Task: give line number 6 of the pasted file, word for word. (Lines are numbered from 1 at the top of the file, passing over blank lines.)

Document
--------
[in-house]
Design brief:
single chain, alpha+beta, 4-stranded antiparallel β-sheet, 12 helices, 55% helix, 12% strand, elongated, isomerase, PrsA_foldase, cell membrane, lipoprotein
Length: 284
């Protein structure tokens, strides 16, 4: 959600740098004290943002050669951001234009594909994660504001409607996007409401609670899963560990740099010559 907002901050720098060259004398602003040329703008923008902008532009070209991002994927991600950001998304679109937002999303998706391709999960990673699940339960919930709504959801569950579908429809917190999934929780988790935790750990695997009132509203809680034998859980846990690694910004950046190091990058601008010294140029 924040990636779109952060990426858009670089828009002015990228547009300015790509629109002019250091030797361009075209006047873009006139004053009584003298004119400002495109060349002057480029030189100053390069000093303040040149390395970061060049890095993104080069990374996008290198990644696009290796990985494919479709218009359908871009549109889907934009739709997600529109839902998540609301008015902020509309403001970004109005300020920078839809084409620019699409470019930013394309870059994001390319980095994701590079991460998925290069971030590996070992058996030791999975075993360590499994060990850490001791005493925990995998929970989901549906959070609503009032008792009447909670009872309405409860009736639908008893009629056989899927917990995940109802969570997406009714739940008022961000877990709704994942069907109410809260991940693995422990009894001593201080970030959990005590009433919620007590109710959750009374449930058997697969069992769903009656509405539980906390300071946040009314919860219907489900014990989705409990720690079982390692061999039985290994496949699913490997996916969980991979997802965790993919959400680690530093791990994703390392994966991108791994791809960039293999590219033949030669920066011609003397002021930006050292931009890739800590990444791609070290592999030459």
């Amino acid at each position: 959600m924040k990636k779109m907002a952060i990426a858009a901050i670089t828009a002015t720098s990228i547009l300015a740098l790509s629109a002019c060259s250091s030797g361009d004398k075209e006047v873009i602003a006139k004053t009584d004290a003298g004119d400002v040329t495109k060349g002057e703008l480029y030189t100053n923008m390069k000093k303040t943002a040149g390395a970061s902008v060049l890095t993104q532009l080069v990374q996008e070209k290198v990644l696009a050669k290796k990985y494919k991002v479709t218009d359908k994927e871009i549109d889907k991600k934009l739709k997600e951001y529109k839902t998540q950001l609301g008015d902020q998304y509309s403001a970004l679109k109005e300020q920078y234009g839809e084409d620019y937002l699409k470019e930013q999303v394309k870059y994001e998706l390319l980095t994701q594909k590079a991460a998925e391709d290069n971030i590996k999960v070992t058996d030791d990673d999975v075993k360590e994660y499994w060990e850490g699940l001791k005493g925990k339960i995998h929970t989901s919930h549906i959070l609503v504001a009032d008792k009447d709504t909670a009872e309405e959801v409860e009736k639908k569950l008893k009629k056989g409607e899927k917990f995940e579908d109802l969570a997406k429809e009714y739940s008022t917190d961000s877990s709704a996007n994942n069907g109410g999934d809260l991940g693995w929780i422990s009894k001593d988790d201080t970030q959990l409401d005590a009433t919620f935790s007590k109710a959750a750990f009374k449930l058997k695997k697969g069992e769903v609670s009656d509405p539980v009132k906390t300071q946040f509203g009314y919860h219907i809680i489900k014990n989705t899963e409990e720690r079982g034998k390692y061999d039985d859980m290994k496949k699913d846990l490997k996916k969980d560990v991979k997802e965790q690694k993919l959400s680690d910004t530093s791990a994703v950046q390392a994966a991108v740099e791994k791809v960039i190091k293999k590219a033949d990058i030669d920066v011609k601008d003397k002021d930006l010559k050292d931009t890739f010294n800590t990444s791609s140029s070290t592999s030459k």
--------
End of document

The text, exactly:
């Amino acid at each position: 959600m924040k990636k779109m907002a952060i990426a858009a901050i670089t828009a002015t720098s990228i547009l300015a740098l790509s629109a002019c060259s250091s030797g361009d004398k075209e006047v873009i602003a006139k004053t009584d004290a003298g004119d400002v040329t495109k060349g002057e703008l480029y030189t100053n923008m390069k000093k303040t943002a040149g390395a970061s902008v060049l890095t993104q532009l080069v990374q996008e070209k290198v990644l696009a050669k290796k990985y494919k991002v479709t218009d359908k994927e871009i549109d889907k991600k934009l739709k997600e951001y529109k839902t998540q950001l609301g008015d902020q998304y509309s403001a970004l679109k109005e300020q920078y234009g839809e084409d620019y937002l699409k470019e930013q999303v394309k870059y994001e998706l390319l980095t994701q594909k590079a991460a998925e391709d290069n971030i590996k999960v070992t058996d030791d990673d999975v075993k360590e994660y499994w060990e850490g699940l001791k005493g925990k339960i995998h929970t989901s919930h549906i959070l609503v504001a009032d008792k009447d709504t909670a009872e309405e959801v409860e009736k639908k569950l008893k009629k056989g409607e899927k917990f995940e579908d109802l969570a997406k429809e009714y739940s008022t917190d961000s877990s709704a996007n994942n069907g109410g999934d809260l991940g693995w929780i422990s009894k001593d988790d201080t970030q959990l409401d005590a009433t919620f935790s007590k109710a959750a750990f009374k449930l058997k695997k697969g069992e769903v609670s009656d509405p539980v009132k906390t300071q946040f509203g009314y919860h219907i809680i489900k014990n989705t899963e409990e720690r079982g034998k390692y061999d039985d859980m290994k496949k699913d846990l490997k996916k969980d560990v991979k997802e965790q690694k993919l959400s680690d910004t530093s791990a994703v950046q390392a994966a991108v740099e791994k791809v960039i190091k293999k590219a033949d990058i030669d920066v011609k601008d003397k002021d930006l010559k050292d931009t890739f010294n800590t990444s791609s140029s070290t592999s030459k």